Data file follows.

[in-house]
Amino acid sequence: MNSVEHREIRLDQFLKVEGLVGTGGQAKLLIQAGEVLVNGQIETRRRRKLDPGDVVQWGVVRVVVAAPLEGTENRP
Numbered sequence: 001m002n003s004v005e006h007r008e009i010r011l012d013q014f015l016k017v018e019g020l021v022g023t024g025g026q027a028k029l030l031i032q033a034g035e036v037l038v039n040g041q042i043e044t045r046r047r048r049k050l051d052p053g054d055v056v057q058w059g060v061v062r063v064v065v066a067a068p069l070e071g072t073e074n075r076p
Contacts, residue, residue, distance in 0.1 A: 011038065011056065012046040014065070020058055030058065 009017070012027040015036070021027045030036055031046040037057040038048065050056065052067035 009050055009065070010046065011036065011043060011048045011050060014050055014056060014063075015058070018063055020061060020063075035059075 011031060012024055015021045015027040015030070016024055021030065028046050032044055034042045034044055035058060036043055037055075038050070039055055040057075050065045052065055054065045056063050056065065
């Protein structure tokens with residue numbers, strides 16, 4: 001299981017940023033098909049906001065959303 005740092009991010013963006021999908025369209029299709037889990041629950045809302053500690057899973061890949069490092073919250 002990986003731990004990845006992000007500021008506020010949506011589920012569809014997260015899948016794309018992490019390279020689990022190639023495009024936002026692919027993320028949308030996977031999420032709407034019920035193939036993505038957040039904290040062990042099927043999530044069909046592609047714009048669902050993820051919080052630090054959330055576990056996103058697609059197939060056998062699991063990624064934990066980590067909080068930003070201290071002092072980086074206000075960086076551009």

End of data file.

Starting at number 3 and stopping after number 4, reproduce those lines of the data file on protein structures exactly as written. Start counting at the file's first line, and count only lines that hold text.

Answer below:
Numbered sequence: 001m002n003s004v005e006h007r008e009i010r011l012d013q014f015l016k017v018e019g020l021v022g023t024g025g026q027a028k029l030l031i032q033a034g035e036v037l038v039n040g041q042i043e044t045r046r047r048r049k050l051d052p053g054d055v056v057q058w059g060v061v062r063v064v065v066a067a068p069l070e071g072t073e074n075r076p
Contacts, residue, residue, distance in 0.1 A: 011038065011056065012046040014065070020058055030058065 009017070012027040015036070021027045030036055031046040037057040038048065050056065052067035 009050055009065070010046065011036065011043060011048045011050060014050055014056060014063075015058070018063055020061060020063075035059075 011031060012024055015021045015027040015030070016024055021030065028046050032044055034042045034044055035058060036043055037055075038050070039055055040057075050065045052065055054065045056063050056065065